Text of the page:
Sir David Brewster (1781-1868)
Robinson M. Yost
As a boy, David Brewster studied the physical sciences and built telescopes, sundials and microscopes. The son of a Scottish rector, he entered the University of Edinburgh in 1794 aspiring to a career in the clergy. However, a nervous disposition and an extreme fear of public speaking led Brewster to pursue his love of science instead.
Working as a private tutor from 1799 and 1807, Brewster also began his long career in editing in 1802. He failed several times to gain university professorships in Scotland, Brewster's primary income came from editing scientific journals such as the Edinburgh Philosophical Journal, the Edinburgh Journal of Science and the Philosophical Magazine.
While still a student, Brewster began his extensive optical research. Of his thirty papers in the Philosophical Transactions of the Royal Society, all involved optics. A tireless experimenter, Brewster investigated phenomena including polarization, double refraction, and metallic reflection. He also invented the kaleidoscope, established Brewster's law, and helped create the fields of optical mineralogy and photoelasticity. He was highly regarded by contemporaries, who called him the "Kepler of optics" and the "father of modern experimental optics."
Despite recognizing the usefulness and beauty of Thomas Young's law of interference, Brewster believed that the hypothesis regarding light as waves remained unproven. Yet, his rejection of the wave theory did not stem from scientific inability or incompetence. Rather, Brewster's religious, methodological and epistemological views conflicted with those of the wave theorists.
In particular, he objected to the hypothetical luminiferous ether, an undetectable medium filling all space so that light would have something in which to create waves. Choosing to describe optical effects in terms of particles and forces, Brewster nevertheless did not blindly follow Sir Isaac Newton's corpuscular theory. While making significant theoretical alterations, he passionately defended the Newtonian emission theory until the end of his life.
Contributions to Science
A prolific writer, Brewster published numerous popular books, encyclopedia articles, reviews, and papers. Totalling several hundred items, his publications encompass a wide variety of subjects including astronomy, mechanics, magnetism, geology, color blindness, photography, and the philosophy of science. He also wrote several historical works including the definitive nineteenth-century biography of Newton entitled Memoirs of the Life, Writings, and Discoveries of Sir Isaac Newton (1855).
Also a key figure in scientific organization, Brewster helped found the Edinburgh School of Arts (1821), the Royal Scottish Society of Arts (1821) and the British Association for the Advancement of Science (1831), the latter the major disseminating force of science in nineteenth-century Britain. Despite his irascible, sometimes combative personality, Brewster contributed much to physical optics in particular and Victorian science in general.
A Treatise on New Philosophical Instruments, for Various Purposes in the Arts and Sciences, 1813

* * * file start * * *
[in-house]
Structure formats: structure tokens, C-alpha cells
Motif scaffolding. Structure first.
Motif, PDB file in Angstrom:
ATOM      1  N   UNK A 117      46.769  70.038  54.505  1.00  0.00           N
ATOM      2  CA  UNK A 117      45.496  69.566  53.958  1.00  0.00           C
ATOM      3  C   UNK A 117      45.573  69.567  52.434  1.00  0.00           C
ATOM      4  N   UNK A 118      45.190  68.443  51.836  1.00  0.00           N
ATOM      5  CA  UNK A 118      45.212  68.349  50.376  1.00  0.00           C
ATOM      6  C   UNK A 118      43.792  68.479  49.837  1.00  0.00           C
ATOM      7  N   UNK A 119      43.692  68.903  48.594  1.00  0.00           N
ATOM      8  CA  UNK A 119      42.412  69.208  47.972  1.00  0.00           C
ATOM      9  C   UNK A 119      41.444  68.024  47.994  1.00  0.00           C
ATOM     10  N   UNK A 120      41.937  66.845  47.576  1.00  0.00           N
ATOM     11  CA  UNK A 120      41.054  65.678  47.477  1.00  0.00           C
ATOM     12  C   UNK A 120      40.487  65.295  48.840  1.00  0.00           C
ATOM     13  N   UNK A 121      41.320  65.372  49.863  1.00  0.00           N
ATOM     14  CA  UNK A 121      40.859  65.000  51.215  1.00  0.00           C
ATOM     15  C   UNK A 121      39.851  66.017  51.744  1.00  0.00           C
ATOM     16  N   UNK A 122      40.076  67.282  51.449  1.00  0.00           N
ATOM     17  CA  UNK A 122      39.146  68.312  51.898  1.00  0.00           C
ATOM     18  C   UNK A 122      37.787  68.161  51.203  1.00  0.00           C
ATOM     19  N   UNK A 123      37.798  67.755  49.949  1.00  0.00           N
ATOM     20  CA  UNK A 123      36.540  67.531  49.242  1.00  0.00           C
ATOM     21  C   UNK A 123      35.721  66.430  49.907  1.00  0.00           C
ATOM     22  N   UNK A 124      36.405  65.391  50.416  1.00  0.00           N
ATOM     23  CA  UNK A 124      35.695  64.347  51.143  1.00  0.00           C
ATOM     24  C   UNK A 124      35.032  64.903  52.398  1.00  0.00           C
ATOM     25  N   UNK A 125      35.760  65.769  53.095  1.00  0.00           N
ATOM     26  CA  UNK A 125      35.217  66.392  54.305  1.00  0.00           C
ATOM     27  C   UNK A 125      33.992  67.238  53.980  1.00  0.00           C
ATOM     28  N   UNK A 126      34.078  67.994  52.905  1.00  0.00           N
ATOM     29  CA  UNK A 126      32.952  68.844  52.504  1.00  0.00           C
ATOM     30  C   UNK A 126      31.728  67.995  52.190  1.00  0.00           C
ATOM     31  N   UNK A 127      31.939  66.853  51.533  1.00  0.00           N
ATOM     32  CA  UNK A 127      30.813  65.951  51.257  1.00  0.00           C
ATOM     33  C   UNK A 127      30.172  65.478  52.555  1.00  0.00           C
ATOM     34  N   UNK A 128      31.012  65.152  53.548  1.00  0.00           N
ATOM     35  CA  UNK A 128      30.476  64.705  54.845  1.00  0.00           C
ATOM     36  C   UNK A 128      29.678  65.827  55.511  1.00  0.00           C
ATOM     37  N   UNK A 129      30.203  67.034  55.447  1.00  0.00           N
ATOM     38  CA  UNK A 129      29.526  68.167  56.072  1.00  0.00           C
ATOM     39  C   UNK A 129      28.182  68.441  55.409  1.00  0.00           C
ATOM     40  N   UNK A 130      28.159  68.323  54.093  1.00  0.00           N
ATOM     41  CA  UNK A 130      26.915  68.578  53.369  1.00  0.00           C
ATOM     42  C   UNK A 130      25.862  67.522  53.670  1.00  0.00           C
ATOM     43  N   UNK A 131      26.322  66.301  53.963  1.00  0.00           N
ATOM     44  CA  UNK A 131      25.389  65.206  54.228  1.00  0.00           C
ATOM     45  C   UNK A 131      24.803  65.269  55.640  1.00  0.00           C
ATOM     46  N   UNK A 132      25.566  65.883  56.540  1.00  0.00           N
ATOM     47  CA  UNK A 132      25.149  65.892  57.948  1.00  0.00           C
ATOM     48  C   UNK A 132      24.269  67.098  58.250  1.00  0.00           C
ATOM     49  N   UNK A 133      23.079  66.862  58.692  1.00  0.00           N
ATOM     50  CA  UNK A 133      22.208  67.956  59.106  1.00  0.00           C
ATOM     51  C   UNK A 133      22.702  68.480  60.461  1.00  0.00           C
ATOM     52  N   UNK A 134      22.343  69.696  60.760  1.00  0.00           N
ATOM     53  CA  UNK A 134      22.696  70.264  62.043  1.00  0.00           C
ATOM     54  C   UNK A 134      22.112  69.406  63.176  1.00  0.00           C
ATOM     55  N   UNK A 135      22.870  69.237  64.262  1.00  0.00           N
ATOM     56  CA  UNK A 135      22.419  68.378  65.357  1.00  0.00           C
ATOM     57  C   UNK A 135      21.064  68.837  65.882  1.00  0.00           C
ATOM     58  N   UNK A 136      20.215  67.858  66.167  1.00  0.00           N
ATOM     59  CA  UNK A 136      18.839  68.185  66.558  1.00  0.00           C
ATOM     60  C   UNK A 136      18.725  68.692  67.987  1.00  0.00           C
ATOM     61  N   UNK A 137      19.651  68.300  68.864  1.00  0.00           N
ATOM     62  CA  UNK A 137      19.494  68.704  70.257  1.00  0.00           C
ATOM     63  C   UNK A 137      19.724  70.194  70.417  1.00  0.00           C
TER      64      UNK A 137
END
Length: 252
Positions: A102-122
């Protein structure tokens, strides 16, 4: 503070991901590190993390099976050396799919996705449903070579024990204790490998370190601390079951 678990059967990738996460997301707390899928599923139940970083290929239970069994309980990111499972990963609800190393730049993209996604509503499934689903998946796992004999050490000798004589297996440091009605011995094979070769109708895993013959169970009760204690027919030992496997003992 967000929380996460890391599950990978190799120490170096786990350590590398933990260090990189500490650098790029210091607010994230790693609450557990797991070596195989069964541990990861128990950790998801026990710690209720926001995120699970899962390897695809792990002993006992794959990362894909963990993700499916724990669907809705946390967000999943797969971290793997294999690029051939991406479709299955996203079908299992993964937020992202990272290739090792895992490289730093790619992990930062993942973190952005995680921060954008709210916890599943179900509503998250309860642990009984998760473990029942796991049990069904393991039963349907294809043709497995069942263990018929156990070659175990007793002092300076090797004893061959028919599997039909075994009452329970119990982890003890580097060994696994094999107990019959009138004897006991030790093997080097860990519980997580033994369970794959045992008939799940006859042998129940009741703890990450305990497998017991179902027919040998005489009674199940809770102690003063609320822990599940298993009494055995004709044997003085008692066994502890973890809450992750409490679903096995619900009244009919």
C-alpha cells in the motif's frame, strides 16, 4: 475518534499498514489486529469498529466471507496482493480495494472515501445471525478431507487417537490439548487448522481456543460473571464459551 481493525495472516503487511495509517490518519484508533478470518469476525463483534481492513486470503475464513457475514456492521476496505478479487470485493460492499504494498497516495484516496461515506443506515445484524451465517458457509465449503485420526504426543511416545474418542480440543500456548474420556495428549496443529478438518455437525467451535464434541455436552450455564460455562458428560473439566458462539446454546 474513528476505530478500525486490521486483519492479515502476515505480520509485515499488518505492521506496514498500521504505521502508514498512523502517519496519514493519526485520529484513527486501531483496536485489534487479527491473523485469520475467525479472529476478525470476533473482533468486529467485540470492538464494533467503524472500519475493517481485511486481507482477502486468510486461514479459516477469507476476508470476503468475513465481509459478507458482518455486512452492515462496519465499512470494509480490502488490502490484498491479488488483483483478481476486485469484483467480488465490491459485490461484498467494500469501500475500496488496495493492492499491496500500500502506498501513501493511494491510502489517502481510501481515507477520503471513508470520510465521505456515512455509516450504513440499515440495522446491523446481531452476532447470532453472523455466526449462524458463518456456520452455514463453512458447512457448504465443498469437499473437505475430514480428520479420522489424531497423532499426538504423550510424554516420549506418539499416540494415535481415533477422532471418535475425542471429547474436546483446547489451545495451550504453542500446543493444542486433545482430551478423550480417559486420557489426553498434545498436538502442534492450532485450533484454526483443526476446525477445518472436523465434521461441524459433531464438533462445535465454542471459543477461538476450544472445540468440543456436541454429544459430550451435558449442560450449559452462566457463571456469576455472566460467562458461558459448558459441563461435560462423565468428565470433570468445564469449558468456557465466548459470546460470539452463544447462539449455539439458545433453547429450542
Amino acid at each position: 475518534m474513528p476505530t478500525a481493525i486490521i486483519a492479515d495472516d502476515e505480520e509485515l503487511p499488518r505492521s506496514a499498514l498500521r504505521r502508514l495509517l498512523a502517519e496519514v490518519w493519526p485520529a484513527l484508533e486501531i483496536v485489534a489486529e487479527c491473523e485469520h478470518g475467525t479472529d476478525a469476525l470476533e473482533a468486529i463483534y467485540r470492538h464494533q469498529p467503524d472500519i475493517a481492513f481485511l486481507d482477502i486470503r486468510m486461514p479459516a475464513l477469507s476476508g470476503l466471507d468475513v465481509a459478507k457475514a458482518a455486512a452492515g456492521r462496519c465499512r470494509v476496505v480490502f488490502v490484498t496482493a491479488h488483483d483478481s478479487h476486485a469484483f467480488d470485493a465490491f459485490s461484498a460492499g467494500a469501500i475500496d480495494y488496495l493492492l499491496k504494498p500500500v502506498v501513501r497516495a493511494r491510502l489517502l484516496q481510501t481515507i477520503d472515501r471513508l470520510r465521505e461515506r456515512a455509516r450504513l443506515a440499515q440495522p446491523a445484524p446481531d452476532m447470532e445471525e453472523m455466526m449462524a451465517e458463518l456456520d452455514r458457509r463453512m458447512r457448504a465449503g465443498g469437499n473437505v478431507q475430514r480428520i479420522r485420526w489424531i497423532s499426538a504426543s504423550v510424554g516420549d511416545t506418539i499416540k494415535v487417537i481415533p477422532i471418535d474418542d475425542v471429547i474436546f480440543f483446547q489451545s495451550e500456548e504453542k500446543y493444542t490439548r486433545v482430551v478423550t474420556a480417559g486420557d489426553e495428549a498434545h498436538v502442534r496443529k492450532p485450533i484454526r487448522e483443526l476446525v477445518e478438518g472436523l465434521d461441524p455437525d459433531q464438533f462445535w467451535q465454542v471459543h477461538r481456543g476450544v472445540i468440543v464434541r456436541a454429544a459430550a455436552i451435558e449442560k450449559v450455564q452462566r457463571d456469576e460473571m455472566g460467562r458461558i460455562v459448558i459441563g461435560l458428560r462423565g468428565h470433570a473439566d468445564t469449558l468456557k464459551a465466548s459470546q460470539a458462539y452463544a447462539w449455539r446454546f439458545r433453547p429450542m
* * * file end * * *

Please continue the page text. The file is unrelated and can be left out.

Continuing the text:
A Treatise on the Kaleidoscope, 1819
The Life of Sir Isaac Newton, 1831
A Treatise on Optics, 1831
A Treatise on Magnetism, 1837
The Martyrs of Science: Lives of Galileo, Tycho Brahe, and Kepler, 1841
Memoirs of the Life, Writings, and Discoveries of Sir Isaac Newton, 1855
The Stereoscope: it History, Theory, and Construction, 1856
The History of the Invention of the Dioptric Lights and their Introduction into Great Britain, 1862
"Brewster, David." Edgar W. Morse. Dictionary of Scientific Biography, 2: 451-454
"Brewster, David." Robert Hunt. Dictionary of National Biography, 6: 299-303
‘Martyr of Science’: Sir David Brewster 1781-1868. edited by A. D. Morrison-Law and J. R. R. Christie. Edinburgh: Royal Scottish Museum Studies, 1984
"The Tenacity of Newtonian Optics in England: David Brewster, the Last Champion." Henry John Steffens, in The Development of Newtonian Optics in England 137-151. New York: Science History Publications, 1977
Brewster determined a simple relationship relating refraction, reflection and polarization.
Refraction occurs when light rays change direction due to a change in the medium they are travelling through. For example, light changes direction when entering water or glass. When light enters certain substances, however, such as calcite, it is doubly refracted emerging as two beams instead one.
If a plate of polarizing material, such as tourmaline, is rotated in front of these emerging beams one will be blocked while the other is not, depending on the plate's relative position. Analogously, a beam reflected off a glass plate causes the intensity of the reflected light to vary according to the angle of the plate. These examples illustrate the phenomena of polarization, by double refraction and reflection respectively.
When the incident light hits the material at a certain angle, the refracted or reflected light is fully polarized. Brewster observed this special polarizing angle for numerous substances including glass, water, and many minerals. In doing so, he discovered a simple law: The index of refraction of the substance equaled the tangent of the polarizing angle. This relationship, now called Brewster's law, means that when light falls on a substance at the polarizing angle, the refracted and reflected rays are at right angles to one another.
Although Brewster advocated the emission theory of light, his many experimental results were reinterpreted by others to fit within the undulatory (wave) theory of light.
Development of Concepts of Physics. A. B. Arons. Addison-Wesley, Massachusetts, 1965
Light: Principles and Experiments. George S. Monk. New York: Dover Publications, 1963 (Second edition)
The Rise of the Wave Theory of Light. Jed. Z Buchwald. Chicago: University of Chicago Press, 1989